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The History of Company I, 49th Iowa Volunteer Infantry

and Biographies of its Officers

Contributed by Judy Landauer
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The following is the printed history of the 49th Iowa, Company I and biographies of its officers.

The History:

"Company I is rather uniquely officered.  Its present Captain was formerly and for nearly eight years Colonel of the Regiment to which it belonged.  Its First Lieutenant served as its Captain for about eight years, and its Second Lieutenant was chief two years.  None of these excellent officers were reduced, however, but all retired honorably from their higher rank and accepted their present positions simply from devotion to the Company and the cause in which it was embarked.  It is one of the oldest Companies in the State and none is more capably officered nor more reliable.

Captain Albert H. STEWART, son of Thomas STEWART, Esq., comes from an old Virginia family, of Scotch-Irish ancestry.  He was born in Wisconsin, on March 1st, 1854; finished his education and studied law in the University of Wisconsin, and was admitted to the bar in Iowa in 1876.  He enlisted as private in 1878 and was promoted twice before his time expired and was discharged in 1881 a sergeant.  He immediately re-enlisted as private, and was soon chosen Captain of the Company.    Under his command the Company was freely acknowledged to be the best in the State, winning prizes in 1882 and 1883.  In 1885 Captain STEWART became Colonel of the Fourth Regiment, Iowa National Guard, and served one term and part of another, until 1892, going on the retired list with a rank of Colonel. In 1897 his old Company became disorganized, and at the request of the Govenor and Adjutant General, Colonel STEWART easily accomplished the reorganization, the men refusing, however, to be mustered in unless Colonel STEWART would again take active command.  At the President's call for volunteers, Company I unanimously responded and were mustered in with their organization intact.  Captain STEWART lost his only son, Albert, aged 18 years, sergeant in Company I, at Camp Cuba Libre, Jacksonville, Fla., the second victim in the Regiment of the dread Typhoid fever, which afterwards wrought much havoc among the men.  Captain STEWART has been prominent in legal, political and social circles in northeast Iowa for many years.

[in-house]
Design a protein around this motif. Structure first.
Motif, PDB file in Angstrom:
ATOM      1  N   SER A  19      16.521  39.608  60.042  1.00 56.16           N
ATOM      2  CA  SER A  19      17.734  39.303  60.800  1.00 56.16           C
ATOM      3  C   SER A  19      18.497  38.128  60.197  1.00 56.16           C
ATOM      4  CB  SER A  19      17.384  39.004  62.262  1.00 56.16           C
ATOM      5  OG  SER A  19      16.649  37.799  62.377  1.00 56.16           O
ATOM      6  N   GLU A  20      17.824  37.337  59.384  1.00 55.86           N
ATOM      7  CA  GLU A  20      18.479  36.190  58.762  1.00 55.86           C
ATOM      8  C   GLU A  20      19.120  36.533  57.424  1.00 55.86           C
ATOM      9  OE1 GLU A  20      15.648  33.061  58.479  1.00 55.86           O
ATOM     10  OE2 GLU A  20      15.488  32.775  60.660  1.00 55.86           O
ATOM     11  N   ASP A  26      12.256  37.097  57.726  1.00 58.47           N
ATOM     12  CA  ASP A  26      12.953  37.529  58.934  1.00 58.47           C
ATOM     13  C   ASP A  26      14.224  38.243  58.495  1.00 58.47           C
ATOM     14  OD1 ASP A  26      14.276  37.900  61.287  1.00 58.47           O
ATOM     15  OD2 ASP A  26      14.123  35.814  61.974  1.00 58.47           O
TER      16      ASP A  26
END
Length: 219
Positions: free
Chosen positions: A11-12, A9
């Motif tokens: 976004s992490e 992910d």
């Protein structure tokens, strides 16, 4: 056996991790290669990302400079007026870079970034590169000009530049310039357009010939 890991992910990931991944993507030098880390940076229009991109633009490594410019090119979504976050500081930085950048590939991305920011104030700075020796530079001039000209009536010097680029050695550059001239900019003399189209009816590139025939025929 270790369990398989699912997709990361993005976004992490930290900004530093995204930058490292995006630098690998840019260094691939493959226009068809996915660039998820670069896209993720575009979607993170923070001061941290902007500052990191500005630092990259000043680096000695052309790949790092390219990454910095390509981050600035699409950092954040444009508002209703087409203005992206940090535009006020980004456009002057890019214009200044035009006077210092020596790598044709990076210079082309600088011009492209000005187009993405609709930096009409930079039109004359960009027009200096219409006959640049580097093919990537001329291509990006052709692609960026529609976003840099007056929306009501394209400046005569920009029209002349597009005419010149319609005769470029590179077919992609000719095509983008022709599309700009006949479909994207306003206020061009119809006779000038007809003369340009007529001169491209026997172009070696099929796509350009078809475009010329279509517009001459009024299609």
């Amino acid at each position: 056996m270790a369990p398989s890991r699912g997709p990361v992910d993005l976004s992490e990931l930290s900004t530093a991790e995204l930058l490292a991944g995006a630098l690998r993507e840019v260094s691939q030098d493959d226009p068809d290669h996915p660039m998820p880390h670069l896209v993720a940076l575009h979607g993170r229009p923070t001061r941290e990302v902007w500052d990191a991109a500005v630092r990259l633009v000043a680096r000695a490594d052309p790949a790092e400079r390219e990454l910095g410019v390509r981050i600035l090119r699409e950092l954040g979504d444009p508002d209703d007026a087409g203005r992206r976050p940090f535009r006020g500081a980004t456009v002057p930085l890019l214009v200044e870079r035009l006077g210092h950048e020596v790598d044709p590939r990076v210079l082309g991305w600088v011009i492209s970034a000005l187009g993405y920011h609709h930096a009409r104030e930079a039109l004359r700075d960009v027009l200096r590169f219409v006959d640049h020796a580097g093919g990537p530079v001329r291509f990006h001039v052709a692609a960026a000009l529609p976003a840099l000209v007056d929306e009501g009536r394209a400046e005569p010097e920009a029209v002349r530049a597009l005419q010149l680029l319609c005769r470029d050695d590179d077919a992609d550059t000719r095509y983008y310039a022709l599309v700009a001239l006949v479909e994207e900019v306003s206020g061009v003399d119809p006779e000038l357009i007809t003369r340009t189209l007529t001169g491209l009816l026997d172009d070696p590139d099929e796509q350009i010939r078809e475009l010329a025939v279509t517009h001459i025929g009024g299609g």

First Lieutenant Ross A. NICHOLS was born in Ohio in 1861, but removed when a small child to Waukon, Iowa, where he has resided since, and received his education.  He joined Company I, Fourth Regiment Iowa National Guard, in 1878, as private; served through all the various grades, including First Lieutenant, till 1887, when Captain STEWART was chosen Colonel of the Regiment, Lieutenant NICHOLS was made Captain, serving faithfully until 1893, when he resigned under the pressure of business.  Four years later on the reorganization of the Company  he accepted the position of First Lieutenant, and at the President's call for volunteers, in the absence of the Captain, he was in command during the concentration and mobilization of his Company.  In civil life he is a contractor and is prominent in local politics.

Second Lieutenant Wm. S. HART was born in Allamakee County, Iowa in 1866, receiving his education in the public schools, and later graduating in law from Iowa State University, teaching school as a means to this end.  At the age of twenty-three he was elected clerk of the District court of Allamakee County, serving one term and a part of the second, resigning to take up the practice of law.  Joined Company I as private in 1889, and, serving through the various grades, became Captain in 1895.  At the reorganization of the Company in 1897 he re-enlisted as private, but was made Second Lieutenant soon thereafter, and was mustered into the United States service as such.  He is an intelligent and capable officer."


"Historical and Biographical Souvenir of the 49th Iowa U.S. Volunteer Infantry.  Illustrated with scenes of camp life." (Jacksonville, FL 1898).

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